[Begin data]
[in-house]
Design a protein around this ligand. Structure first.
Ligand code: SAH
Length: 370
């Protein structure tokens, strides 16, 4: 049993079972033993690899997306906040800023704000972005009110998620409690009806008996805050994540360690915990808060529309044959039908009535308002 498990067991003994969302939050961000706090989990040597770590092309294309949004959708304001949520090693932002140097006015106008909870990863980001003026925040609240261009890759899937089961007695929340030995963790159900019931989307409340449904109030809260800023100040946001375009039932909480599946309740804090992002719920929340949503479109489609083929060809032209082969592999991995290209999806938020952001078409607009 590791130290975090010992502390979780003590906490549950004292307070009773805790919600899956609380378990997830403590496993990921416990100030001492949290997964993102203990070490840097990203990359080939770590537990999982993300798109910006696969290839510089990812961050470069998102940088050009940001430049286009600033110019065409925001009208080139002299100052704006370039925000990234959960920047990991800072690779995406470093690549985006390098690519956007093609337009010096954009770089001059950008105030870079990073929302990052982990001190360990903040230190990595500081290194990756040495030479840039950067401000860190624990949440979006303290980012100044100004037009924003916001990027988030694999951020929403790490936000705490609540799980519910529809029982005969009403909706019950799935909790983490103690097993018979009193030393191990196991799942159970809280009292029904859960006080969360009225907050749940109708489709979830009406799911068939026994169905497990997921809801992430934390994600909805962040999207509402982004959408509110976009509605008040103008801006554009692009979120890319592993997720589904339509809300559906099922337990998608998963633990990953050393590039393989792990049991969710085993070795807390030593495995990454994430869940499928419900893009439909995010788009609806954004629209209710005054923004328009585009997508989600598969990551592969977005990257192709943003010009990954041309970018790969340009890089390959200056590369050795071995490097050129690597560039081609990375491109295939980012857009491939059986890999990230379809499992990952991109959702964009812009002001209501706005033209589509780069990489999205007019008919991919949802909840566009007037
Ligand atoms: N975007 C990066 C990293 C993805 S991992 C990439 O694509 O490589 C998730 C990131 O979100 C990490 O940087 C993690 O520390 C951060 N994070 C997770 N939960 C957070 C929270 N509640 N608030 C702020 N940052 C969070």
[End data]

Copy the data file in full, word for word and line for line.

[in-house]
Design a protein around this ligand. Structure first.
Ligand code: SAH
Length: 370
């Protein structure tokens, strides 16, 4: 049993079972033993690899997306906040800023704000972005009110998620409690009806008996805050994540360690915990808060529309044959039908009535308002 498990067991003994969302939050961000706090989990040597770590092309294309949004959708304001949520090693932002140097006015106008909870990863980001003026925040609240261009890759899937089961007695929340030995963790159900019931989307409340449904109030809260800023100040946001375009039932909480599946309740804090992002719920929340949503479109489609083929060809032209082969592999991995290209999806938020952001078409607009 590791130290975090010992502390979780003590906490549950004292307070009773805790919600899956609380378990997830403590496993990921416990100030001492949290997964993102203990070490840097990203990359080939770590537990999982993300798109910006696969290839510089990812961050470069998102940088050009940001430049286009600033110019065409925001009208080139002299100052704006370039925000990234959960920047990991800072690779995406470093690549985006390098690519956007093609337009010096954009770089001059950008105030870079990073929302990052982990001190360990903040230190990595500081290194990756040495030479840039950067401000860190624990949440979006303290980012100044100004037009924003916001990027988030694999951020929403790490936000705490609540799980519910529809029982005969009403909706019950799935909790983490103690097993018979009193030393191990196991799942159970809280009292029904859960006080969360009225907050749940109708489709979830009406799911068939026994169905497990997921809801992430934390994600909805962040999207509402982004959408509110976009509605008040103008801006554009692009979120890319592993997720589904339509809300559906099922337990998608998963633990990953050393590039393989792990049991969710085993070795807390030593495995990454994430869940499928419900893009439909995010788009609806954004629209209710005054923004328009585009997508989600598969990551592969977005990257192709943003010009990954041309970018790969340009890089390959200056590369050795071995490097050129690597560039081609990375491109295939980012857009491939059986890999990230379809499992990952991109959702964009812009002001209501706005033209589509780069990489999205007019008919991919949802909840566009007037
Ligand atoms: N975007 C990066 C990293 C993805 S991992 C990439 O694509 O490589 C998730 C990131 O979100 C990490 O940087 C993690 O520390 C951060 N994070 C997770 N939960 C957070 C929270 N509640 N608030 C702020 N940052 C969070």